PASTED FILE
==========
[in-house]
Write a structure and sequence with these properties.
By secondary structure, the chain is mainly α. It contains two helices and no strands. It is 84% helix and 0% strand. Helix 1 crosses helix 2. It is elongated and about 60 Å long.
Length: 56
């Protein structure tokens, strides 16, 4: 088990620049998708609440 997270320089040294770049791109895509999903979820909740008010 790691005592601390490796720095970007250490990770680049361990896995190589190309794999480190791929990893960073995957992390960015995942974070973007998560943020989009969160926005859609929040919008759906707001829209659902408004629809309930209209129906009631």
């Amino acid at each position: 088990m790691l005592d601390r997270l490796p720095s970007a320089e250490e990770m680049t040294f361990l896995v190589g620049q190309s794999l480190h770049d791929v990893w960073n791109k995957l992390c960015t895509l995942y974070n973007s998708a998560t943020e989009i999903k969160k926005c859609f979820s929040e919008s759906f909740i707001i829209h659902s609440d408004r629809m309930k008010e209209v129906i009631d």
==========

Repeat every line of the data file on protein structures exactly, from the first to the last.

[in-house]
Write a structure and sequence with these properties.
By secondary structure, the chain is mainly α. It contains two helices and no strands. It is 84% helix and 0% strand. Helix 1 crosses helix 2. It is elongated and about 60 Å long.
Length: 56
């Protein structure tokens, strides 16, 4: 088990620049998708609440 997270320089040294770049791109895509999903979820909740008010 790691005592601390490796720095970007250490990770680049361990896995190589190309794999480190791929990893960073995957992390960015995942974070973007998560943020989009969160926005859609929040919008759906707001829209659902408004629809309930209209129906009631």
């Amino acid at each position: 088990m790691l005592d601390r997270l490796p720095s970007a320089e250490e990770m680049t040294f361990l896995v190589g620049q190309s794999l480190h770049d791929v990893w960073n791109k995957l992390c960015t895509l995942y974070n973007s998708a998560t943020e989009i999903k969160k926005c859609f979820s929040e919008s759906f909740i707001i829209h659902s609440d408004r629809m309930k008010e209209v129906i009631d």